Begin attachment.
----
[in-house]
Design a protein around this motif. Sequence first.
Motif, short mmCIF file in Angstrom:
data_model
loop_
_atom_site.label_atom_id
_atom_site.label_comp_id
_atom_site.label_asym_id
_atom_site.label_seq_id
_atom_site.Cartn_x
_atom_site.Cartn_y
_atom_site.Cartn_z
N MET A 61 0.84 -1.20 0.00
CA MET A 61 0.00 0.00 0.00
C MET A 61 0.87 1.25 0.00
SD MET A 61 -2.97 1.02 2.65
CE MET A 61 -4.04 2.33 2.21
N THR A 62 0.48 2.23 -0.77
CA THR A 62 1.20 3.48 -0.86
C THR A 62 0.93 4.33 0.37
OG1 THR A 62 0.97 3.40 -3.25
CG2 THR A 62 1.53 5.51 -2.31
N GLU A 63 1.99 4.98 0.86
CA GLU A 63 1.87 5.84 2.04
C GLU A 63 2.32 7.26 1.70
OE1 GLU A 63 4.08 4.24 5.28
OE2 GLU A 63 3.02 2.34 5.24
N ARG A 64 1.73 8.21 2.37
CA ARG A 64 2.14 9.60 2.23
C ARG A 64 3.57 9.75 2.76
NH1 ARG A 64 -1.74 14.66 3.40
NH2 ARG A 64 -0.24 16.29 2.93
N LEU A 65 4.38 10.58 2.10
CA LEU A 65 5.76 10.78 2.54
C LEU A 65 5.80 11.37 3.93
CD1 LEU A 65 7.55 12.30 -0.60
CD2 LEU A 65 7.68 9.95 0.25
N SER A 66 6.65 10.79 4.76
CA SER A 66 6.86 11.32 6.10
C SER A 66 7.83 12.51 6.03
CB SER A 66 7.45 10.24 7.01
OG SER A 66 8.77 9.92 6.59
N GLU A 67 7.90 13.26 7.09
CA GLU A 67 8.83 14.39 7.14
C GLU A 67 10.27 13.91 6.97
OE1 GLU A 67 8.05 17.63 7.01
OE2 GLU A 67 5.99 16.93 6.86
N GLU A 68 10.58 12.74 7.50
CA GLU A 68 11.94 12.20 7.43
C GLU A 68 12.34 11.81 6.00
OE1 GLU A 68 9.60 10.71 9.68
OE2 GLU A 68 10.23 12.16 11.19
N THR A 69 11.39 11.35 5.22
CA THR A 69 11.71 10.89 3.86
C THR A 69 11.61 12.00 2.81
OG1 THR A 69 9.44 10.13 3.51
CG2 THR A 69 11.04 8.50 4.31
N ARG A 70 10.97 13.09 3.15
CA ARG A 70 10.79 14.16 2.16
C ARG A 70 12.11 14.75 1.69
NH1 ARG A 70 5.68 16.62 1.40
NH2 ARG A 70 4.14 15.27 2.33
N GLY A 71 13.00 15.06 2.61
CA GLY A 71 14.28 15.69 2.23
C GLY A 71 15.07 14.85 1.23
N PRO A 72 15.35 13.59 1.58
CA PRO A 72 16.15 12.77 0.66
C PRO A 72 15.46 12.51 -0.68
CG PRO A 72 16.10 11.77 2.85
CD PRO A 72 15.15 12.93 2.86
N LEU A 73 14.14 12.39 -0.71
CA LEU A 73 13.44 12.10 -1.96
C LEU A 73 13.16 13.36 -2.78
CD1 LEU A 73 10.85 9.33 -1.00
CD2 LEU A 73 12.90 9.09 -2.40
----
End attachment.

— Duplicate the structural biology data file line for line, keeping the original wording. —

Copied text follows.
[in-house]
Design a protein around this motif. Sequence first.
Motif, short mmCIF file in Angstrom:
data_model
loop_
_atom_site.label_atom_id
_atom_site.label_comp_id
_atom_site.label_asym_id
_atom_site.label_seq_id
_atom_site.Cartn_x
_atom_site.Cartn_y
_atom_site.Cartn_z
N MET A 61 0.84 -1.20 0.00
CA MET A 61 0.00 0.00 0.00
C MET A 61 0.87 1.25 0.00
SD MET A 61 -2.97 1.02 2.65
CE MET A 61 -4.04 2.33 2.21
N THR A 62 0.48 2.23 -0.77
CA THR A 62 1.20 3.48 -0.86
C THR A 62 0.93 4.33 0.37
OG1 THR A 62 0.97 3.40 -3.25
CG2 THR A 62 1.53 5.51 -2.31
N GLU A 63 1.99 4.98 0.86
CA GLU A 63 1.87 5.84 2.04
C GLU A 63 2.32 7.26 1.70
OE1 GLU A 63 4.08 4.24 5.28
OE2 GLU A 63 3.02 2.34 5.24
N ARG A 64 1.73 8.21 2.37
CA ARG A 64 2.14 9.60 2.23
C ARG A 64 3.57 9.75 2.76
NH1 ARG A 64 -1.74 14.66 3.40
NH2 ARG A 64 -0.24 16.29 2.93
N LEU A 65 4.38 10.58 2.10
CA LEU A 65 5.76 10.78 2.54
C LEU A 65 5.80 11.37 3.93
CD1 LEU A 65 7.55 12.30 -0.60
CD2 LEU A 65 7.68 9.95 0.25
N SER A 66 6.65 10.79 4.76
CA SER A 66 6.86 11.32 6.10
C SER A 66 7.83 12.51 6.03
CB SER A 66 7.45 10.24 7.01
OG SER A 66 8.77 9.92 6.59
N GLU A 67 7.90 13.26 7.09
CA GLU A 67 8.83 14.39 7.14
C GLU A 67 10.27 13.91 6.97
OE1 GLU A 67 8.05 17.63 7.01
OE2 GLU A 67 5.99 16.93 6.86
N GLU A 68 10.58 12.74 7.50
CA GLU A 68 11.94 12.20 7.43
C GLU A 68 12.34 11.81 6.00
OE1 GLU A 68 9.60 10.71 9.68
OE2 GLU A 68 10.23 12.16 11.19
N THR A 69 11.39 11.35 5.22
CA THR A 69 11.71 10.89 3.86
C THR A 69 11.61 12.00 2.81
OG1 THR A 69 9.44 10.13 3.51
CG2 THR A 69 11.04 8.50 4.31
N ARG A 70 10.97 13.09 3.15
CA ARG A 70 10.79 14.16 2.16
C ARG A 70 12.11 14.75 1.69
NH1 ARG A 70 5.68 16.62 1.40
NH2 ARG A 70 4.14 15.27 2.33
N GLY A 71 13.00 15.06 2.61
CA GLY A 71 14.28 15.69 2.23
C GLY A 71 15.07 14.85 1.23
N PRO A 72 15.35 13.59 1.58
CA PRO A 72 16.15 12.77 0.66
C PRO A 72 15.46 12.51 -0.68
CG PRO A 72 16.10 11.77 2.85
CD PRO A 72 15.15 12.93 2.86
N LEU A 73 14.14 12.39 -0.71
CA LEU A 73 13.44 12.10 -1.96
C LEU A 73 13.16 13.36 -2.78
CD1 LEU A 73 10.85 9.33 -1.00
CD2 LEU A 73 12.90 9.09 -2.40